Situation: A technology-based company has a very successful product in a niche market. The team has been brainstorming about additional markets into which the product could be introduced. The only experience that the CEO and team members have is with the existing market. While other markets are appealing, they lack the experience and contacts to penetrate new market opportunities. How do you introduce a product into a new market?
Advice from the CEOs:
Hire someone, either an employee or a consultant, who intimately knows and can introduce you to the new market. If you have more than one good candidate consider hiring them both.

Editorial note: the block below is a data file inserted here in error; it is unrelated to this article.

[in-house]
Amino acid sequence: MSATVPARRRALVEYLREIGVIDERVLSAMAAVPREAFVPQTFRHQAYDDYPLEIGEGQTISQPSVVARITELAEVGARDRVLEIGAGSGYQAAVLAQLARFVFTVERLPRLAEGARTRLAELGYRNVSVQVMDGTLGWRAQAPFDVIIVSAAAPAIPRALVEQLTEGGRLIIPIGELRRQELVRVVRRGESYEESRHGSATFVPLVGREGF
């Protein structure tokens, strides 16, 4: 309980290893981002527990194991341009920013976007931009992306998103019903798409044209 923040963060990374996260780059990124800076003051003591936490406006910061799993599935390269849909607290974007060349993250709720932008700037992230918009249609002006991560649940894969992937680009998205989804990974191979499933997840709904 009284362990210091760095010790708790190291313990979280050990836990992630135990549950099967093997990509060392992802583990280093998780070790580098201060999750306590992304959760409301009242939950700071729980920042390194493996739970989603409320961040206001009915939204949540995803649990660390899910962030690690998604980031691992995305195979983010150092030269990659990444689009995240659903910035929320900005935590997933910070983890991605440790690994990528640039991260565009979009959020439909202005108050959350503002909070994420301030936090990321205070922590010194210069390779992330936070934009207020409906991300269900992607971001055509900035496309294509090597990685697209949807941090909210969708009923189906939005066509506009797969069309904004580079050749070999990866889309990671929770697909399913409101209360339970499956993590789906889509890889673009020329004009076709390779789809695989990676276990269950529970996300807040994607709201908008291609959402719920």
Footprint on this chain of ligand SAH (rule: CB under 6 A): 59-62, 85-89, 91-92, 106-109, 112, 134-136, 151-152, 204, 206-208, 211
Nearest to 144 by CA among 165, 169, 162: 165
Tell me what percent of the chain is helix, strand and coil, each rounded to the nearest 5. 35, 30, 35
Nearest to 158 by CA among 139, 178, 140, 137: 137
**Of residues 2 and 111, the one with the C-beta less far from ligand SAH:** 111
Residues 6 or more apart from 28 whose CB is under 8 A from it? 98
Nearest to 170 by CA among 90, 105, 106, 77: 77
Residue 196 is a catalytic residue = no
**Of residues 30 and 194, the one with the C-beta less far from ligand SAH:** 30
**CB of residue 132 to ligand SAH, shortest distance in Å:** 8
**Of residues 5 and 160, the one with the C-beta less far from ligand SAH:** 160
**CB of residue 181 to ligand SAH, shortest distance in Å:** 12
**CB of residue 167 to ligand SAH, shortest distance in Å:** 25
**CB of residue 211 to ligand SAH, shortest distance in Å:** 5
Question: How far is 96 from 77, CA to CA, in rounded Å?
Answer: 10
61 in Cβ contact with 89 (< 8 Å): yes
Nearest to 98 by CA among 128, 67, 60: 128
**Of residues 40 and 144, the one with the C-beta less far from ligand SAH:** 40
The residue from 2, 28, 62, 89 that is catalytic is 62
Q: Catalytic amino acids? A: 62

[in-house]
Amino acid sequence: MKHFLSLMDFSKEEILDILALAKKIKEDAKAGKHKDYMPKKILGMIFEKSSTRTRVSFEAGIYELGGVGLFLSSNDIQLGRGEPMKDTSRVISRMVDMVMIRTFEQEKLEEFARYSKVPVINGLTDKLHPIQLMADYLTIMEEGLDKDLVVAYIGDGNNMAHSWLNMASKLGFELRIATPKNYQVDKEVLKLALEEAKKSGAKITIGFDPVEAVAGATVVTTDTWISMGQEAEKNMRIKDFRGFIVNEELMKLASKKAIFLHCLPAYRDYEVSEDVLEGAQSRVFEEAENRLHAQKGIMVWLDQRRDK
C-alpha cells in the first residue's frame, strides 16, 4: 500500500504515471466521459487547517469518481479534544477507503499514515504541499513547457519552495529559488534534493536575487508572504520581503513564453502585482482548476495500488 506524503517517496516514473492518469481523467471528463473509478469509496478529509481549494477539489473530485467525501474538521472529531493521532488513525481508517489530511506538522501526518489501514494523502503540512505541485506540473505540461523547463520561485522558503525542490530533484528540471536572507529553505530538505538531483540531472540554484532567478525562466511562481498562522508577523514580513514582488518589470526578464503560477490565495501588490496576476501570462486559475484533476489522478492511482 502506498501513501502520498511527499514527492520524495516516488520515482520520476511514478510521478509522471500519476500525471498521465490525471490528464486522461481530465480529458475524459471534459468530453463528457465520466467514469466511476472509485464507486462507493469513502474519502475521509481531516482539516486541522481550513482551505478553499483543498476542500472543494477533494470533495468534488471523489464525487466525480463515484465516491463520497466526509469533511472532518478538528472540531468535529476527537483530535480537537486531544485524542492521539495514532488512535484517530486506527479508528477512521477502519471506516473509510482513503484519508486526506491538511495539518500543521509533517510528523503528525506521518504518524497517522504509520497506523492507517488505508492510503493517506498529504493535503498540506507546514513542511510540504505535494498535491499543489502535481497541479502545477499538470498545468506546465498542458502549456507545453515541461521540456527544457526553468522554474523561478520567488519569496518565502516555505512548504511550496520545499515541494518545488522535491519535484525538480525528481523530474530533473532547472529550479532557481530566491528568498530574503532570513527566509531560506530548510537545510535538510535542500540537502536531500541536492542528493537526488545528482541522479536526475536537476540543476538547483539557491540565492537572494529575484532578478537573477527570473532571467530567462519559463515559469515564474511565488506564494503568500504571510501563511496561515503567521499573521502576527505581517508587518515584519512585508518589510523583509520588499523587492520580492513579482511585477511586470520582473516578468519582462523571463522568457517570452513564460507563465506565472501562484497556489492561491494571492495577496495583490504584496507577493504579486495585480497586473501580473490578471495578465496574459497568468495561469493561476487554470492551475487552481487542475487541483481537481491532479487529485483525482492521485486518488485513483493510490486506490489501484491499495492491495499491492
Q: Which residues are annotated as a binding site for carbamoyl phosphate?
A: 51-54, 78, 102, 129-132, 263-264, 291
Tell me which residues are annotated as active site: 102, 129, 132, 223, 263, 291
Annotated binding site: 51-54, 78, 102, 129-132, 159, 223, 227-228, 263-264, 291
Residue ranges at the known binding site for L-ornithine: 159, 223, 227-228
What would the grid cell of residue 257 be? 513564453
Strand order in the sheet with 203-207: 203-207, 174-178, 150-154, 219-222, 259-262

Start with clients that you already serve in your current market but who also serve the new market. This can provide quick wins and proof of concept. Overlap is important because you will have a shorter sales cycle with these clients.
Another company moved from on-site consulting to turn-key services. They found the purchase process to be completely different. Originally, they were unprepared for this, so the transition took longer than it might have.
Talk to existing customers and learn about their companies’ purchasing processes to organize your fact gathering and strategy.
Read case studies of other companies’ experience moving a single platform between markets.
Another company moved from niche photography – holiday photos – to photos for Fortune 500 companies. This was the same expertise, but the market and decision processes were different.